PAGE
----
The residual stress team will make use of our extensive residual stress laboratory facilities and expert team to carry out the measurement of residual stresses in the forged composite components. Depending upon the samples and manufacturing processes used, the AFRC would make use of a combination of different residual stress measurement techniques to provide the most appropriate representation of the magnitude and distribution of residual stresses in the forged components.

Education/Academic qualification

Doctor of Philosophy, Corrosion & Protection Centre, School of Materials, University of Manchester, Oxford Road, Manchester M13 9PL, UK

1 Jan 20065 Mar 2010

Bachelor of Science in Engineering, Sharif University of Technology

1 Sep 199930 Jun 2004

Keywords

  • Materials science
  • Residual Stress Measurement & Prediction
  • scanning electron microscopy (SEM)
  • Electron backscattering diffraction (EBSD)
  • Forging and Forming of Metallic Materials and Alloys
  • Structural Integrity
  • Advanced Characterisations of Materials
  • Manufacturing
  • Stress Corrosion Cracking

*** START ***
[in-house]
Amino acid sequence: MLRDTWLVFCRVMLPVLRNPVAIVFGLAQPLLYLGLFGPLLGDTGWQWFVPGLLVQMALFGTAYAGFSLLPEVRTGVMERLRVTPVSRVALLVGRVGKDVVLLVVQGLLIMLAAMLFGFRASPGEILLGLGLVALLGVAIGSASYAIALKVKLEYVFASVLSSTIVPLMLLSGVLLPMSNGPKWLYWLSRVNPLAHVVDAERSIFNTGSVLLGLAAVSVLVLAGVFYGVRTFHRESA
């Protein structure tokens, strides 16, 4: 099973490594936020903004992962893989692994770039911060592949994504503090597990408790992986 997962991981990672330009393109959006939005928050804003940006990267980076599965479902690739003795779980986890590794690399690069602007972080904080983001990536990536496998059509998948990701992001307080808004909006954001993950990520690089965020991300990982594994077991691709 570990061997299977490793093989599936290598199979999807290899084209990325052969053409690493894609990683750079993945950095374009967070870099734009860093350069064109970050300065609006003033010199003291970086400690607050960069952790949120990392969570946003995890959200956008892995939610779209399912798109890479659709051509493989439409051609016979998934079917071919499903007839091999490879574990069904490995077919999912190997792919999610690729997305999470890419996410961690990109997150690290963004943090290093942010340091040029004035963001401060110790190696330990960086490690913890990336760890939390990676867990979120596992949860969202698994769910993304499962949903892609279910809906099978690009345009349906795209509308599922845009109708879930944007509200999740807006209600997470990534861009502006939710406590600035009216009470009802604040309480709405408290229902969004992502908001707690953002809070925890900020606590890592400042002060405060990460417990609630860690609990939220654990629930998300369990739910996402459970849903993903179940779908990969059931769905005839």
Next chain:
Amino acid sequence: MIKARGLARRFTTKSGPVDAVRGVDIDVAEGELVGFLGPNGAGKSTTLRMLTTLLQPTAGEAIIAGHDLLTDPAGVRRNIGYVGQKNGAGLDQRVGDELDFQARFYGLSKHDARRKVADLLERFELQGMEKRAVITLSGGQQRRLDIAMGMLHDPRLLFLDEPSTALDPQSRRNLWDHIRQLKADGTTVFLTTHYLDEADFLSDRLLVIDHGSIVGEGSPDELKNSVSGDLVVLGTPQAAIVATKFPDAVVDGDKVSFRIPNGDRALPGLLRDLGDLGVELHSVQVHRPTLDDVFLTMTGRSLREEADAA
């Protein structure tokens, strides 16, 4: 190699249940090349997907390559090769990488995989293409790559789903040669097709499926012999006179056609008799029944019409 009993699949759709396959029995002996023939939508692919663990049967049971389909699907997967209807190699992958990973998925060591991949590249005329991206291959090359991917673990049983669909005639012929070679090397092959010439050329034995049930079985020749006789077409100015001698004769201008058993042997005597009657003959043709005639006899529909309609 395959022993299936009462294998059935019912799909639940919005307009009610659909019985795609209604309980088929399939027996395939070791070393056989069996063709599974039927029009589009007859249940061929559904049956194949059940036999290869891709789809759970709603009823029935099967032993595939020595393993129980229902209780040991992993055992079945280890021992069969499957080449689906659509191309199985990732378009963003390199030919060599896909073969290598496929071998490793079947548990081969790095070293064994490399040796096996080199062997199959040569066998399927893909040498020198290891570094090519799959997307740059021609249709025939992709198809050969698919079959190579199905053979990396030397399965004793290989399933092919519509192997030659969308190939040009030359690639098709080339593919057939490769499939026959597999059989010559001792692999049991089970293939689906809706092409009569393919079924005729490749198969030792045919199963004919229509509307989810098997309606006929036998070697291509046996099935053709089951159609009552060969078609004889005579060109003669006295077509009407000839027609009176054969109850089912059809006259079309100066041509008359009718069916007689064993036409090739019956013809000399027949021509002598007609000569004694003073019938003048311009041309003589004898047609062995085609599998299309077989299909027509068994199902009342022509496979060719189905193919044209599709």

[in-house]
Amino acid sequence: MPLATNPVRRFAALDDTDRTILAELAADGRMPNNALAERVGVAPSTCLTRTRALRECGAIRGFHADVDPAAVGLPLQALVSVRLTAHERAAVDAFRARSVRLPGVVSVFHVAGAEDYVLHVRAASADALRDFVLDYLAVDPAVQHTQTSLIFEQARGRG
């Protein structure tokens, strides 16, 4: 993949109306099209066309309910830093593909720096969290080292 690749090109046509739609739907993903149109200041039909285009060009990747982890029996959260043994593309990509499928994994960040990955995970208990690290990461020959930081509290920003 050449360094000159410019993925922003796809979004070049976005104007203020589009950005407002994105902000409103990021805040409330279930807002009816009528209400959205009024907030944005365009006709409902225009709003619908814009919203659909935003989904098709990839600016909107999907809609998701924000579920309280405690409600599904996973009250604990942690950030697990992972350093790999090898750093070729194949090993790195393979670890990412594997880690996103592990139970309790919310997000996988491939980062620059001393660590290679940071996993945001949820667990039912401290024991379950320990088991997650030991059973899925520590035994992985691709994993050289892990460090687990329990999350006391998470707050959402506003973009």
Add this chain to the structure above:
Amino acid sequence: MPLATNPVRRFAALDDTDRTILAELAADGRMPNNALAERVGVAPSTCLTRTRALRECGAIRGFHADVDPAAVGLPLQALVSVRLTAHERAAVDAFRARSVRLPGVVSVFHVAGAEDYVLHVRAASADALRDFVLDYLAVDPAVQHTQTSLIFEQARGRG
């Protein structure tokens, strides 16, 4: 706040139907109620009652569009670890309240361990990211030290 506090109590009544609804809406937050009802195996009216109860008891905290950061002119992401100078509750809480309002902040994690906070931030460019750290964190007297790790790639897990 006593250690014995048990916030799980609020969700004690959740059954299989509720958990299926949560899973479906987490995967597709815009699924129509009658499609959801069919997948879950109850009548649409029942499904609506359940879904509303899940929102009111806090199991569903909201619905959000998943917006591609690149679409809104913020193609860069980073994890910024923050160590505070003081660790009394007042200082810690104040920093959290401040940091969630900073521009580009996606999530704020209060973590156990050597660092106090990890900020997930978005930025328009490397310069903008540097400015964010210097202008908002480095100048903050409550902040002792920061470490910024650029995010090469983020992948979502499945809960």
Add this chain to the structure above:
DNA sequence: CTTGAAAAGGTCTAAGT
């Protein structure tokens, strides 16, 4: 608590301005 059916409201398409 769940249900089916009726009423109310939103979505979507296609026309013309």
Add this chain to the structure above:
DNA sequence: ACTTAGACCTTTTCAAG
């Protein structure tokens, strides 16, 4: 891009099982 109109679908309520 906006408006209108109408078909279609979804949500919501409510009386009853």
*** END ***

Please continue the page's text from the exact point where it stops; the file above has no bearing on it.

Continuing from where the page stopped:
• materials performance

Fingerprint Fingerprint is based on mining the text of the person's scientific documents to create an index of weighted terms, which defines the key subjects of each individual researcher.

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Projects 2013 2019

AFRC_DIRF_1122

Rahimi, S.

Rolls-Royce PLC

13/08/1825/10/18

Project: Research

INDUSTRIAL DOCTORATE CENTRE IN ADVANCED FORMING AND MANUFACTURE | Rae, William

Rahimi, S., Corney, J. & Rae, W.

EPSRC (Engineering and Physical Sciences Research Council)

1/10/151/10/19

Project: Research Studentship - Internally AllocatedResearch Studentship (Internally Allocated)

Research Output 2008 2018

Characterisation and modelling of in-plane springback in a commercially pure titanium (CP-Ti)

Khayatzadeh, S., Thomas, M. J., Millet, Y. & Rahimi, S. 17 Jan 2018 In : Journal of Materials Science. 21 p.

Research output: Contribution to journalArticle

Open Access
File
Titanium
Recovery
Degradation
Elastic moduli
Metal forming
Open Access
File
3D printers
Residual stresses
Titanium
Microstructure
Medical applications

Activities 2015 2028

  • 7 Participation in conference
  • 5 Journal peer review
  • 1 Participation in workshop, seminar, course
  • 1 Invited talk

Corrosion Science (Journal)

Rahimi, S. (Peer reviewer)
31 Mar 2028

Activity: Journal peer review

Vacuum (Journal)

Rahimi, S. (Peer reviewer)
6 Oct 2017

Activity: Journal peer review